The moral of this story is don’t take every gig you’re offered as a musician. Some big names in this underground film about a punk band trying to get out of their dressing room alive. Splatter to the max, although not quite as explicit as Bone Tomahawk.

3. Demolition (U.S.A.) https://iffr.com/en/2016/films/demolition

What more can I say. I’m sort of embarrassed to say this was a Hollywood film. It had something special, specifically in the screenwriting. There is such depth to the story that it doesn’t belong in Hollywood. Perhaps they are learning that cardboard cutouts of characters don’t always fill the void. This film was so skilfully written that it shocked me. The most satisfying thing was a lead character that went through a true inner change and not just a Hollywood version.

2. El Abrazo de la Serpiente/Embrace of the Serpent (Columbia). https://iffr.com/en/2016/films/el-abrazo-de-la-serpiente

The hero’s journey, twice. If you are a writer than this one would work for you. The film is based on the diaries of explorers Theodor Koch-Grunberg and Richard Evan Schultes. A Shaman as passenger in a canoe with a European and then later in life with an American. Travel with them down the Amazon in glorious black and white. The only fault I felt this film had, was when the colour did come, it was too cliche. I would have preferred to see the jungle in all it’s green glory. See it for yourself. It is nominated for an Oscar.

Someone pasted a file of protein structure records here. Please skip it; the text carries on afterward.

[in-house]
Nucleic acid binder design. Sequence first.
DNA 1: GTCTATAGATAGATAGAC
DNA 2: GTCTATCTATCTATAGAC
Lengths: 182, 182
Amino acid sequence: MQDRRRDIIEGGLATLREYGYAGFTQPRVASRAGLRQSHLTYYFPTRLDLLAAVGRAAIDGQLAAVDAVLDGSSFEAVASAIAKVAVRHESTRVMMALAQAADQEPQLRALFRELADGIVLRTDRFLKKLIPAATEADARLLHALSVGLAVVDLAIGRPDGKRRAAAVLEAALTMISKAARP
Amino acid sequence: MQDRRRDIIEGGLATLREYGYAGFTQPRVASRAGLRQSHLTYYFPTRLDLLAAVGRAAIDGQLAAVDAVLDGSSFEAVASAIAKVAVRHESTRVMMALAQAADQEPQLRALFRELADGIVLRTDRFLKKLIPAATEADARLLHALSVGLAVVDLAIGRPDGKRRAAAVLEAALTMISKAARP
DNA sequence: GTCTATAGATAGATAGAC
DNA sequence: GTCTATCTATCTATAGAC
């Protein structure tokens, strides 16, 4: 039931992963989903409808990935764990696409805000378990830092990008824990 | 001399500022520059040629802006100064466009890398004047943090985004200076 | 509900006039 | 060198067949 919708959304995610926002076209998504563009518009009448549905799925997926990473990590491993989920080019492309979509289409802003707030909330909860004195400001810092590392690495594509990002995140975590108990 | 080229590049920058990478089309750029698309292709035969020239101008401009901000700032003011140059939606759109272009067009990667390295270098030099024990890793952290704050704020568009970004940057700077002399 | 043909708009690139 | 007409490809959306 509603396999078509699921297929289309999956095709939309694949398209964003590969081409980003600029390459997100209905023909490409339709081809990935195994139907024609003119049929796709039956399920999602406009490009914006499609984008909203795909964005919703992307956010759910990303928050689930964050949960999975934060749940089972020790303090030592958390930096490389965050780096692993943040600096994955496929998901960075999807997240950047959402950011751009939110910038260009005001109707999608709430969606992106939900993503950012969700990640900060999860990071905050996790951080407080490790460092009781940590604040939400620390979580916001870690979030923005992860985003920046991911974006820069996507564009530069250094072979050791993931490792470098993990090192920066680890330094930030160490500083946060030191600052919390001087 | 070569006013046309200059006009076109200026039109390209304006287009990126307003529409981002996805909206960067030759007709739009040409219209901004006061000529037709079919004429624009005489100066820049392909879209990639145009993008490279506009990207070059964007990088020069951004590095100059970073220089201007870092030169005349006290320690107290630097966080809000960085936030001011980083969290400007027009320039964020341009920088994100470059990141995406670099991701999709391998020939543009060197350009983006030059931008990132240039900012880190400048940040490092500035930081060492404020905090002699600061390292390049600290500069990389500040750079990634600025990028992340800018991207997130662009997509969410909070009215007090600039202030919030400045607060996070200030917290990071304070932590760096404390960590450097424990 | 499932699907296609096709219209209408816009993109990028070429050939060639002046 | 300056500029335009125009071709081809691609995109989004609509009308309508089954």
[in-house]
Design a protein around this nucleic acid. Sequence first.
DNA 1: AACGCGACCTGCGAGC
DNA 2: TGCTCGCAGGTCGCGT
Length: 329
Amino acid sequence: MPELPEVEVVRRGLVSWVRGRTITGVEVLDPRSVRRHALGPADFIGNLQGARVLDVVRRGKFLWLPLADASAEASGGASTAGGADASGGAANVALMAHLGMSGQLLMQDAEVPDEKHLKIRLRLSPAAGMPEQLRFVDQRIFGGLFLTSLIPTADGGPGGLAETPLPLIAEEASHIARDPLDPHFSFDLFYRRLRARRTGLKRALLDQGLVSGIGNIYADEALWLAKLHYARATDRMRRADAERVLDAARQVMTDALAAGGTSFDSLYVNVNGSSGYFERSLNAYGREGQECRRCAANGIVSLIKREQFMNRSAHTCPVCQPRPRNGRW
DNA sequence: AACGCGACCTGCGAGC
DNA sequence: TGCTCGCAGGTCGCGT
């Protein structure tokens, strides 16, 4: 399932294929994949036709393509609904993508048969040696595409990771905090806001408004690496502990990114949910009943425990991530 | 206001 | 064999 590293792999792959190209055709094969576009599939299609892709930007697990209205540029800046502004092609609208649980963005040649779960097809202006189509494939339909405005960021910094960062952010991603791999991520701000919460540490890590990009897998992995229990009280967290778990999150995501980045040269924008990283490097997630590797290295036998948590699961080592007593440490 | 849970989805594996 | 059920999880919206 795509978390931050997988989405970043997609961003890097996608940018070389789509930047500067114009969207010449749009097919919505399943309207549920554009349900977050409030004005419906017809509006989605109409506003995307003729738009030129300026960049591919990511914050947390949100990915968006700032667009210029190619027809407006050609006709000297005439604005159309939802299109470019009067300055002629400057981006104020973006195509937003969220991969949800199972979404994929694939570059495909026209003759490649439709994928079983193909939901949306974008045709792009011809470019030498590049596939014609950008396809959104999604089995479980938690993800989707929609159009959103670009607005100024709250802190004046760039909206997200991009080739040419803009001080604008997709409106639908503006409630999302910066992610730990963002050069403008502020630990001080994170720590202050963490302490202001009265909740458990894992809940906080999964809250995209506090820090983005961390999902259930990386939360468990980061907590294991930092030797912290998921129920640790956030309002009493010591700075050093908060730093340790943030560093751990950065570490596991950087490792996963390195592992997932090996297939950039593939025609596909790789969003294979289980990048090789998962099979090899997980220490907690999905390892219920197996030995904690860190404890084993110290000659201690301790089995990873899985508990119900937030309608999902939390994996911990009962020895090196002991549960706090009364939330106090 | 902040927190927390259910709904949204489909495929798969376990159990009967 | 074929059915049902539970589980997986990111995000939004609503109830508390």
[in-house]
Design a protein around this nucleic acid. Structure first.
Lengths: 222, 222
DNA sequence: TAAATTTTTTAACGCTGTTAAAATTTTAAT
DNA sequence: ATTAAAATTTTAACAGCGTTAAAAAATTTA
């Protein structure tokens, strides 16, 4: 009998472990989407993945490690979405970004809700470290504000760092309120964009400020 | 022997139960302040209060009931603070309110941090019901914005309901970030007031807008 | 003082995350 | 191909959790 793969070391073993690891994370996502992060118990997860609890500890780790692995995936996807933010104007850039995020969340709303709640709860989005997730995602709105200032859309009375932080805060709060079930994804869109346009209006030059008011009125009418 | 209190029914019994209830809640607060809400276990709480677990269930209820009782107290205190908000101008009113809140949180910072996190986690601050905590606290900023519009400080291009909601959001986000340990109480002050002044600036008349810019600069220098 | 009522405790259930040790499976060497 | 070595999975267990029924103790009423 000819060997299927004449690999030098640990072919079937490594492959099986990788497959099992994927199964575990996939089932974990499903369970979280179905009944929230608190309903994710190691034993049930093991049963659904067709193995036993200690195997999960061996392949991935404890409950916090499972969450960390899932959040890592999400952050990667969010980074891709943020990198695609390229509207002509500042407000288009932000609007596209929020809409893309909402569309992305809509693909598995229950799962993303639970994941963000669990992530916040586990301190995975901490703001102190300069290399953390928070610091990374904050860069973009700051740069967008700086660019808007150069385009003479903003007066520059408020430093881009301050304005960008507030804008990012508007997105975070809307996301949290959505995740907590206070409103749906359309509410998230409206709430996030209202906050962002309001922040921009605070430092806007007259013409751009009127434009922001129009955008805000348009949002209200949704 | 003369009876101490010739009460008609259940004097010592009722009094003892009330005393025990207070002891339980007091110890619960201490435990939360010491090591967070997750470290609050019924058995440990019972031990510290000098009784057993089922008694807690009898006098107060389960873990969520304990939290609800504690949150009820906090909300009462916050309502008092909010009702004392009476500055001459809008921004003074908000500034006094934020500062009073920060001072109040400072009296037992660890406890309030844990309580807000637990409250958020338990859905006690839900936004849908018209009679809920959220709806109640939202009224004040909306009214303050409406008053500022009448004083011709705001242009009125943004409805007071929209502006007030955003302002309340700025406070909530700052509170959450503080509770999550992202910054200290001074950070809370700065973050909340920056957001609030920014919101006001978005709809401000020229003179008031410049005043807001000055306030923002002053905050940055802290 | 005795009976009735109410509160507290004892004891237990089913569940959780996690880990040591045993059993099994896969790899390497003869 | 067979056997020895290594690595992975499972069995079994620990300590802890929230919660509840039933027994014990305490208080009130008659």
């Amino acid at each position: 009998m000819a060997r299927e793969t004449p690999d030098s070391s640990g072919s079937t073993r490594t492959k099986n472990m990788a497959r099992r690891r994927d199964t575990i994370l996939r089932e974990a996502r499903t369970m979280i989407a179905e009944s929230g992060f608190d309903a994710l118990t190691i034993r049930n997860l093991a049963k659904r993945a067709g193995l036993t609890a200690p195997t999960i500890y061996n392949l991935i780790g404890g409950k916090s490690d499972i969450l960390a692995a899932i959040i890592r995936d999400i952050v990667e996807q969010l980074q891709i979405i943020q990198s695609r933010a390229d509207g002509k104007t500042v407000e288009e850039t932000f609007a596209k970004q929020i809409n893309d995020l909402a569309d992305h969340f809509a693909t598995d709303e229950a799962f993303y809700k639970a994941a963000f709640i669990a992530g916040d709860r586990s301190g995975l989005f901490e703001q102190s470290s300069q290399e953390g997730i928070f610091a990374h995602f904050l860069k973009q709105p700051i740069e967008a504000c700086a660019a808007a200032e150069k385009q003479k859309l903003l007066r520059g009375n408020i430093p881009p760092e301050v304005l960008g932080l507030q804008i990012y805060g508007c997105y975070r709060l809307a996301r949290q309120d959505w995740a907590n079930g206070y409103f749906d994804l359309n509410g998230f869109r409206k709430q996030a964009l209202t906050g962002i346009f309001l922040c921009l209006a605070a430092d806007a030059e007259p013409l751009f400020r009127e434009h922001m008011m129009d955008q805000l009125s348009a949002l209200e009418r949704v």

1. Tanna (Australia/Vanuatu). https://iffr.com/en/2016/films/tanna

Wow! This was another film exploring tribal cultures clashing with the modern world. This time the story, also based on a true one, was performed by the real people involved. Quite spectacular cinematography and a story to match. This film renewed my belief that ancient cultures can still adapt and survive in our modern world. Some sacrifices are worthwhile.

So, there you have it.

There were hundreds more films to see. I am just glad the selection I made were good ones. I am sure I missed out on some quite special productions. Thankfully many of the films will have wider releases and can be seen outside of the festivals.

Now I just have to wait another year before I can make a new set of choices.


If you were at the festival and have your own top 10 let me know.


Leave a comment below or join the mailing list and let me know.

Pin It on Pinterest

Share This